Apart from Malbranque’s stunning two-goal performance, the bristling energy of the whole Spurs midfield was evident from the start, with all four making the difference after Spurs first two lack-lustre games. Such praise has to be balanced against Derby’s poor efforts, but as they say, you can only beat what’s in front of you, and our boys did that in style!

The crowd’s support for Jol was fantastic from kick-off, and Spurs immediately won two quick free kicks. I understand that Jenas’s name was greeted with boos when the team was first announced during the warm up, but he soon silenced the boo boys when he shaped up to take a pop at goal with the free kick, but instead cannily slipped the ball to the unmarked Malbranque on his left, who hit a terrific drive outside the defence, squeezing just inside Bywater’s right hand post. As one, the team raced for the bench, and communed joyously with Zokora. Jol had time to give Jenas a deserved pat and a bit more feedback, and within five minutes, Spurs were two up. Chimbonda passed inside to Darren Bent on the right side of the area, Bent picked out Steed, who again picked his spot to leave Bywater flailing, and the players and the crowd pounding their chests with joy.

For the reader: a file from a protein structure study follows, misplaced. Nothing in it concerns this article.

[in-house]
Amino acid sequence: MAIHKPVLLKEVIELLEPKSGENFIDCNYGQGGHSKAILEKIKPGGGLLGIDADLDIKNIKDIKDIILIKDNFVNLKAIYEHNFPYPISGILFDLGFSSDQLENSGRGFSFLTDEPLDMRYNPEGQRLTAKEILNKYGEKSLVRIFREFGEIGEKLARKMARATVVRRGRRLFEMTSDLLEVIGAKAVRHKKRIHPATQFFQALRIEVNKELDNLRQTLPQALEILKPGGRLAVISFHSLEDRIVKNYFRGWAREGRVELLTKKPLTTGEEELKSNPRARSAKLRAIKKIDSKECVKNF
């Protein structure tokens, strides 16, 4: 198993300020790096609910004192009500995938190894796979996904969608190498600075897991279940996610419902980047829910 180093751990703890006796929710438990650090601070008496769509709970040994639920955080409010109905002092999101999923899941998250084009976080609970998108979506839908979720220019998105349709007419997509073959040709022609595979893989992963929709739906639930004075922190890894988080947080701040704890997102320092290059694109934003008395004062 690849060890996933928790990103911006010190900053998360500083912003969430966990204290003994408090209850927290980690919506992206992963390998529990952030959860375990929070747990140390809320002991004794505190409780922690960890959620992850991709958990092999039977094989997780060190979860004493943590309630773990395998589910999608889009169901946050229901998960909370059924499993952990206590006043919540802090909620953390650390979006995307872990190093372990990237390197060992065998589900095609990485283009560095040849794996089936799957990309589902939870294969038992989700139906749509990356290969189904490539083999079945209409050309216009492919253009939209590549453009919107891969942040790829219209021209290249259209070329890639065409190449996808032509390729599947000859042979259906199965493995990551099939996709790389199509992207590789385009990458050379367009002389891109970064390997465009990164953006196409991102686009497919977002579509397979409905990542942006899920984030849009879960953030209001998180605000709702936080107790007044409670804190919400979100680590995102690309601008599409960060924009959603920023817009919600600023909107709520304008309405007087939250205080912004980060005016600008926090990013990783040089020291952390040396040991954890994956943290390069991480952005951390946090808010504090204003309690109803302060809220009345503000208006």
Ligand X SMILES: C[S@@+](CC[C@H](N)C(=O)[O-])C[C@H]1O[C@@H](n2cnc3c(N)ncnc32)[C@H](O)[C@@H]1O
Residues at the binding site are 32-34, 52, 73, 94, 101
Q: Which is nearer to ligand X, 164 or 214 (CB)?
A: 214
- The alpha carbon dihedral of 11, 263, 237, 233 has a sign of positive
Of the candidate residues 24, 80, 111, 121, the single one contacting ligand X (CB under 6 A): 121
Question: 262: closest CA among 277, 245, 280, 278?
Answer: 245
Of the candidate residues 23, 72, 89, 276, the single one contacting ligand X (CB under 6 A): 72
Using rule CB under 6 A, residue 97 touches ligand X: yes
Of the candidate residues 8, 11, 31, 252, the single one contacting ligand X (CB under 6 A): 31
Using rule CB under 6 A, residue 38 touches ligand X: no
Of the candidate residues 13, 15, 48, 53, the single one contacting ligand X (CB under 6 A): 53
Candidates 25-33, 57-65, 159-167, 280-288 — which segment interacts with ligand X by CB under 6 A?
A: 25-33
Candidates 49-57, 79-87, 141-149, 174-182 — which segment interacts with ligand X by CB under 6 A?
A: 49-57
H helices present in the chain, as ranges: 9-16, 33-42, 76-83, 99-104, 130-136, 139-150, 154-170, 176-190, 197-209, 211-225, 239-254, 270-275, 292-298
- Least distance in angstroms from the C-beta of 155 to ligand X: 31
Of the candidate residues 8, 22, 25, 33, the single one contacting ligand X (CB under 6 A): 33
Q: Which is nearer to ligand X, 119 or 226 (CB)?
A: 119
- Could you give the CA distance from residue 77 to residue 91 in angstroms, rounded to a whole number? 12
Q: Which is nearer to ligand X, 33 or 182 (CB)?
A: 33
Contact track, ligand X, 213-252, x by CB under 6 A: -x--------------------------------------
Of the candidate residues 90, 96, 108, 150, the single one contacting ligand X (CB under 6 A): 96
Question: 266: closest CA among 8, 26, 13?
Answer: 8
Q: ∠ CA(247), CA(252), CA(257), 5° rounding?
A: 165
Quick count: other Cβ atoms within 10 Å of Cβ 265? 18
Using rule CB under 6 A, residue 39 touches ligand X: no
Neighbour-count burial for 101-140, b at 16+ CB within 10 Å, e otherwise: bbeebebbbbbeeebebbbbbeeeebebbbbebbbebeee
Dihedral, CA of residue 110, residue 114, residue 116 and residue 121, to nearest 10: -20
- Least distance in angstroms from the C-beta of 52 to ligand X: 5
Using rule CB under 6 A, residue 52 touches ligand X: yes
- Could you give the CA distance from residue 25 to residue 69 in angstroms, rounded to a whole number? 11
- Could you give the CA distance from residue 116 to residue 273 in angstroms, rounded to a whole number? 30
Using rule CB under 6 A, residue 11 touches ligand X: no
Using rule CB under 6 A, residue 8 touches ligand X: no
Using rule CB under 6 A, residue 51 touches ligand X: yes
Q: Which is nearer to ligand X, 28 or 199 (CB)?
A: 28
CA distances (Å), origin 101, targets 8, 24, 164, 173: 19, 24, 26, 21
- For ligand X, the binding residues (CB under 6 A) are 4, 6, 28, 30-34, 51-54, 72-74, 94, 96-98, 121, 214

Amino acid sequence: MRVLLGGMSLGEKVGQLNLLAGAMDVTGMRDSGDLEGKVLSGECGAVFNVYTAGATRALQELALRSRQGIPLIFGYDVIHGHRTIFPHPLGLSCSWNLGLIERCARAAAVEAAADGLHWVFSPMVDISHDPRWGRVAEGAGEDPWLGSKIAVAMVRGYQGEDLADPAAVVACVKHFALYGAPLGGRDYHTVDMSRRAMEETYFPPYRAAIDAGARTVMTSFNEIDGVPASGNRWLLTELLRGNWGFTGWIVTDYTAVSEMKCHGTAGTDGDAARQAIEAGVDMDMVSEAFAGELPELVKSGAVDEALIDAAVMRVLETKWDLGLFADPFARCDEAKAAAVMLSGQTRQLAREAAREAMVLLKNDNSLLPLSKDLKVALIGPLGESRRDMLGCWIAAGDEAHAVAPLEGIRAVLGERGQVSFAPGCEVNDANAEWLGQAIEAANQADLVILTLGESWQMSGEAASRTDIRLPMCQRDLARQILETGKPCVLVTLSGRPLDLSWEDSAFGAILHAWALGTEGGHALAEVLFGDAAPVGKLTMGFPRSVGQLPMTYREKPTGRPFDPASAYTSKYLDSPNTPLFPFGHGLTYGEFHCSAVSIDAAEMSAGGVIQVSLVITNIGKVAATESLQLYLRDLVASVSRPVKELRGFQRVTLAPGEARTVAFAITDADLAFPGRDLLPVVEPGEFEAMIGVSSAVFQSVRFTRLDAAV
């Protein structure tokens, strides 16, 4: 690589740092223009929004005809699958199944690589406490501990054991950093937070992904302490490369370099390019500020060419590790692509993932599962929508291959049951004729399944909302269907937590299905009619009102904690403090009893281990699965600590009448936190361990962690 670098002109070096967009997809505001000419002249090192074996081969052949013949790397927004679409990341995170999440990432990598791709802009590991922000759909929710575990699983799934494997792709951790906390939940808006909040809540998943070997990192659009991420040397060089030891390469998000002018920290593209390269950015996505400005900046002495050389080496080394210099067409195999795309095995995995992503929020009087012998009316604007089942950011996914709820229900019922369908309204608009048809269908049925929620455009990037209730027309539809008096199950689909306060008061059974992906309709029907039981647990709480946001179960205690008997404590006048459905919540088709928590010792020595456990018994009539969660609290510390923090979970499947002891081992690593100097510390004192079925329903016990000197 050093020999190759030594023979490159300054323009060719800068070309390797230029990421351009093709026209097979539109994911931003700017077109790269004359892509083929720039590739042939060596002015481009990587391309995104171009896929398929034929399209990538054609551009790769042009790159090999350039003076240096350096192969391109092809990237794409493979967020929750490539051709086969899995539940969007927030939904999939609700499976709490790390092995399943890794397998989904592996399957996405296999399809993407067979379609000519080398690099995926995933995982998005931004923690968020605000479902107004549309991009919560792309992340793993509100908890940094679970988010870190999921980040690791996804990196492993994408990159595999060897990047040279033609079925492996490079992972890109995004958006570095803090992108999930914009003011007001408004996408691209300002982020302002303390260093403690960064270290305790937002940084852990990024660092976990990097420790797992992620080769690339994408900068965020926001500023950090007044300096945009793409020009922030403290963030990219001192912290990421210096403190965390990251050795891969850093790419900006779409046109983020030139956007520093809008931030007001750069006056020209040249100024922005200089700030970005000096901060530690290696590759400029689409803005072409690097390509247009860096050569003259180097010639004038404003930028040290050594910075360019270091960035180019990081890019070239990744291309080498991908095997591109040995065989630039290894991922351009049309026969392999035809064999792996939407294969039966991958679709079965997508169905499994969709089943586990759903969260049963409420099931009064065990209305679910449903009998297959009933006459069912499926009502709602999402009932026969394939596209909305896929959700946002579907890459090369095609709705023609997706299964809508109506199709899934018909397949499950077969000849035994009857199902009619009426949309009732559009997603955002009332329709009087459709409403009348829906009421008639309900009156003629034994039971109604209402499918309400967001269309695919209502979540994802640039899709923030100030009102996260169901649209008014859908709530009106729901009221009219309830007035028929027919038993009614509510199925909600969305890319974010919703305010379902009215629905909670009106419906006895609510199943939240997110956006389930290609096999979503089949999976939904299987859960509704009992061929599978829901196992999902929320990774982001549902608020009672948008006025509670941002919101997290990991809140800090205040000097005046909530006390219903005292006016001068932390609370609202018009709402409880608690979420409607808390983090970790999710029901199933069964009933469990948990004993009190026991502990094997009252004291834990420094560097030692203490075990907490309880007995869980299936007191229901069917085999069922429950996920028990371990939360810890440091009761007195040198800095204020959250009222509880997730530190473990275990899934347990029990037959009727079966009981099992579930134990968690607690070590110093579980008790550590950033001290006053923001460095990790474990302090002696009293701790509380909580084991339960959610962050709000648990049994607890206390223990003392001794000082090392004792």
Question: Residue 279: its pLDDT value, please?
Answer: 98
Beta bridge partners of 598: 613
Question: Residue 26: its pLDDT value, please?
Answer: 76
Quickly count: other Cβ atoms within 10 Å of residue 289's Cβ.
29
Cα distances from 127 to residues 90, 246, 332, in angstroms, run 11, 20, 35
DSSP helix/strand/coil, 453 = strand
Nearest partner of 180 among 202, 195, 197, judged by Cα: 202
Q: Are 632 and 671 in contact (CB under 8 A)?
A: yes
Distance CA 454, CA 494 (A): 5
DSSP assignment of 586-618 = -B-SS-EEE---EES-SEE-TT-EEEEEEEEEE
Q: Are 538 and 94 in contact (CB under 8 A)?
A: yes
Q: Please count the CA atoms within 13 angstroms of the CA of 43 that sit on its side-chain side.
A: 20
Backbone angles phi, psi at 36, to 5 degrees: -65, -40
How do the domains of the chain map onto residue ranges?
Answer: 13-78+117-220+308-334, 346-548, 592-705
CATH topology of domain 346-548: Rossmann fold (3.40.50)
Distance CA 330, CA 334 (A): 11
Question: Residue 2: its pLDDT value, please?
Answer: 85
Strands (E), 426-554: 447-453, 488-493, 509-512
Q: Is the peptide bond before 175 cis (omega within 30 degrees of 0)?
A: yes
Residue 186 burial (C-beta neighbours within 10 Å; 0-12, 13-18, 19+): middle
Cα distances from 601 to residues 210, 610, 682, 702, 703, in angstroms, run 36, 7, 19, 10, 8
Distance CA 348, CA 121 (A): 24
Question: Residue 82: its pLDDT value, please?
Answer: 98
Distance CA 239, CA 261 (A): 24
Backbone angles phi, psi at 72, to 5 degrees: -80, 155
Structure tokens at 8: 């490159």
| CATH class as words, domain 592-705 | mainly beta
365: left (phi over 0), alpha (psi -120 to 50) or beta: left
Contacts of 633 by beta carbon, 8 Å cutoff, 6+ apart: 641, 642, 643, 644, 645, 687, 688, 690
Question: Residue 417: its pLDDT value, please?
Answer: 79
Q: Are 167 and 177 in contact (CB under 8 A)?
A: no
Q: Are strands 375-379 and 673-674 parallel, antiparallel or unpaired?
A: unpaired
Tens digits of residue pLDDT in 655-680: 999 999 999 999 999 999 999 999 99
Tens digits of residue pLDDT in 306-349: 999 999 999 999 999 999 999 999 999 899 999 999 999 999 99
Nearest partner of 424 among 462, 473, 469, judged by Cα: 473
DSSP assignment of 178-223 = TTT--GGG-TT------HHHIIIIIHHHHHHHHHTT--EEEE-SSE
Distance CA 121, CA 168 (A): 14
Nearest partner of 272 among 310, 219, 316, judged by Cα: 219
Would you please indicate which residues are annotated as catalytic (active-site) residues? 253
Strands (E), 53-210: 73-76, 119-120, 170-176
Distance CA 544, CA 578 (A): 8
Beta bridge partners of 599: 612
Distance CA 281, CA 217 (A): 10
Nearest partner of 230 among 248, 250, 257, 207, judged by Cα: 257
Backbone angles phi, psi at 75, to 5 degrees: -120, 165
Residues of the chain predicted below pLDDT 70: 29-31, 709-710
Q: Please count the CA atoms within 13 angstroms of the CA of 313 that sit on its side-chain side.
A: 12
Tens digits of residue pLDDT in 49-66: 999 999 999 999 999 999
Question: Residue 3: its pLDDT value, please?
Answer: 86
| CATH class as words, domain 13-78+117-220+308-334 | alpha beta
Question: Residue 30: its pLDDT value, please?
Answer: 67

Whilst Spurs dominated, they scored with every early chance really, and went three up in the 14th minute. Jenas picked up the ball just inside the Derby half and raced down the middle, deciding he had a chance to score rather than pass. He evaded a tackle or two, and his finish was not powerful, but well directed going between the legs of a defender, and placed just inside the post. Significantly, Robbie Keane seemed to be reminding the crowd of the scorer’s qualities. At this point, none of Spurs strikers had contributed a goal to the campaign. Malbranque is the top scorer, and Jenas is guaranteed to provide more during the season ahead.

Wayne Routledge was unlucky to be denied a goal after 31 minutes. Bent had raced to a ball down the left channel and cut it back for Keane, whose shot lacked power and direction, but was flicked home by Routledge’s out-stretched boot, only denied by the offside flag.